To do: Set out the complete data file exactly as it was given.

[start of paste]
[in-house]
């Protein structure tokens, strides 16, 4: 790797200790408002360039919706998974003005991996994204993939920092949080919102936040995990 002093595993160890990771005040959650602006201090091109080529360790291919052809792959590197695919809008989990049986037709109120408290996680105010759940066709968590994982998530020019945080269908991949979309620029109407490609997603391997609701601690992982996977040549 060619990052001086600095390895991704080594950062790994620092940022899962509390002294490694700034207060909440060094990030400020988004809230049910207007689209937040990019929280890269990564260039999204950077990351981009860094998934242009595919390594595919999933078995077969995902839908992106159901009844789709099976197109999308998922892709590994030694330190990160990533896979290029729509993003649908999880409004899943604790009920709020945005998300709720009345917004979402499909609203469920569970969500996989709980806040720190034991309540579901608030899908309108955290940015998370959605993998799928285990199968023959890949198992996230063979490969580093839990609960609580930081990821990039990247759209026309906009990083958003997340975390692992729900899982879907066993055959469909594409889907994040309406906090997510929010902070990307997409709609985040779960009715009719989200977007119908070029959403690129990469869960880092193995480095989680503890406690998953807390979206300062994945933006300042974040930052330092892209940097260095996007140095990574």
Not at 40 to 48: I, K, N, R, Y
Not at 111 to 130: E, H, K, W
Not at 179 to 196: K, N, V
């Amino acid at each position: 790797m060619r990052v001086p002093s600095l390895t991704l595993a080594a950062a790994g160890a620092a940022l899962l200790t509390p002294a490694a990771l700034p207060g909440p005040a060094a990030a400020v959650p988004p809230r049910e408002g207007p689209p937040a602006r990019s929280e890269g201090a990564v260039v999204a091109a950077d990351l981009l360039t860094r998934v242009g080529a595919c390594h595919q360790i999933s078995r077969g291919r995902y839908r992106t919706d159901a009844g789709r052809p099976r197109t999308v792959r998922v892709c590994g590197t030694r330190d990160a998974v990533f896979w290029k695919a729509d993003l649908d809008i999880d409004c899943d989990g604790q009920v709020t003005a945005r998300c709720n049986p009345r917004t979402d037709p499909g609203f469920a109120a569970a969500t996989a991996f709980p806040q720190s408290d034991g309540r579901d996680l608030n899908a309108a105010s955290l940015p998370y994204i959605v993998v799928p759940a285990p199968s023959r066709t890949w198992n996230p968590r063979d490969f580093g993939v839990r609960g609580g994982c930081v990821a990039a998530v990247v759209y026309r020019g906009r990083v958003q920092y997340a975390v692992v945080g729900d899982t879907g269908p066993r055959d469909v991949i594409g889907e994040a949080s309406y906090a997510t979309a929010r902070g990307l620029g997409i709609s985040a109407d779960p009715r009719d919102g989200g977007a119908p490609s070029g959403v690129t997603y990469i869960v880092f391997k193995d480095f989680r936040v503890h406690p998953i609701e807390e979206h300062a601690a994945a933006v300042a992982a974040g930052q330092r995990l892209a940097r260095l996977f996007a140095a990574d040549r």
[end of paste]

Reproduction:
[in-house]
């Protein structure tokens, strides 16, 4: 790797200790408002360039919706998974003005991996994204993939920092949080919102936040995990 002093595993160890990771005040959650602006201090091109080529360790291919052809792959590197695919809008989990049986037709109120408290996680105010759940066709968590994982998530020019945080269908991949979309620029109407490609997603391997609701601690992982996977040549 060619990052001086600095390895991704080594950062790994620092940022899962509390002294490694700034207060909440060094990030400020988004809230049910207007689209937040990019929280890269990564260039999204950077990351981009860094998934242009595919390594595919999933078995077969995902839908992106159901009844789709099976197109999308998922892709590994030694330190990160990533896979290029729509993003649908999880409004899943604790009920709020945005998300709720009345917004979402499909609203469920569970969500996989709980806040720190034991309540579901608030899908309108955290940015998370959605993998799928285990199968023959890949198992996230063979490969580093839990609960609580930081990821990039990247759209026309906009990083958003997340975390692992729900899982879907066993055959469909594409889907994040309406906090997510929010902070990307997409709609985040779960009715009719989200977007119908070029959403690129990469869960880092193995480095989680503890406690998953807390979206300062994945933006300042974040930052330092892209940097260095996007140095990574």
Not at 40 to 48: I, K, N, R, Y
Not at 111 to 130: E, H, K, W
Not at 179 to 196: K, N, V
């Amino acid at each position: 790797m060619r990052v001086p002093s600095l390895t991704l595993a080594a950062a790994g160890a620092a940022l899962l200790t509390p002294a490694a990771l700034p207060g909440p005040a060094a990030a400020v959650p988004p809230r049910e408002g207007p689209p937040a602006r990019s929280e890269g201090a990564v260039v999204a091109a950077d990351l981009l360039t860094r998934v242009g080529a595919c390594h595919q360790i999933s078995r077969g291919r995902y839908r992106t919706d159901a009844g789709r052809p099976r197109t999308v792959r998922v892709c590994g590197t030694r330190d990160a998974v990533f896979w290029k695919a729509d993003l649908d809008i999880d409004c899943d989990g604790q009920v709020t003005a945005r998300c709720n049986p009345r917004t979402d037709p499909g609203f469920a109120a569970a969500t996989a991996f709980p806040q720190s408290d034991g309540r579901d996680l608030n899908a309108a105010s955290l940015p998370y994204i959605v993998v799928p759940a285990p199968s023959r066709t890949w198992n996230p968590r063979d490969f580093g993939v839990r609960g609580g994982c930081v990821a990039a998530v990247v759209y026309r020019g906009r990083v958003q920092y997340a975390v692992v945080g729900d899982t879907g269908p066993r055959d469909v991949i594409g889907e994040a949080s309406y906090a997510t979309a929010r902070g990307l620029g997409i709609s985040a109407d779960p009715r009719d919102g989200g977007a119908p490609s070029g959403v690129t997603y990469i869960v880092f391997k193995d480095f989680r936040v503890h406690p998953i609701e807390e979206h300062a601690a994945a933006v300042a992982a974040g930052q330092r995990l892209a940097r260095l996977f996007a140095a990574d040549r």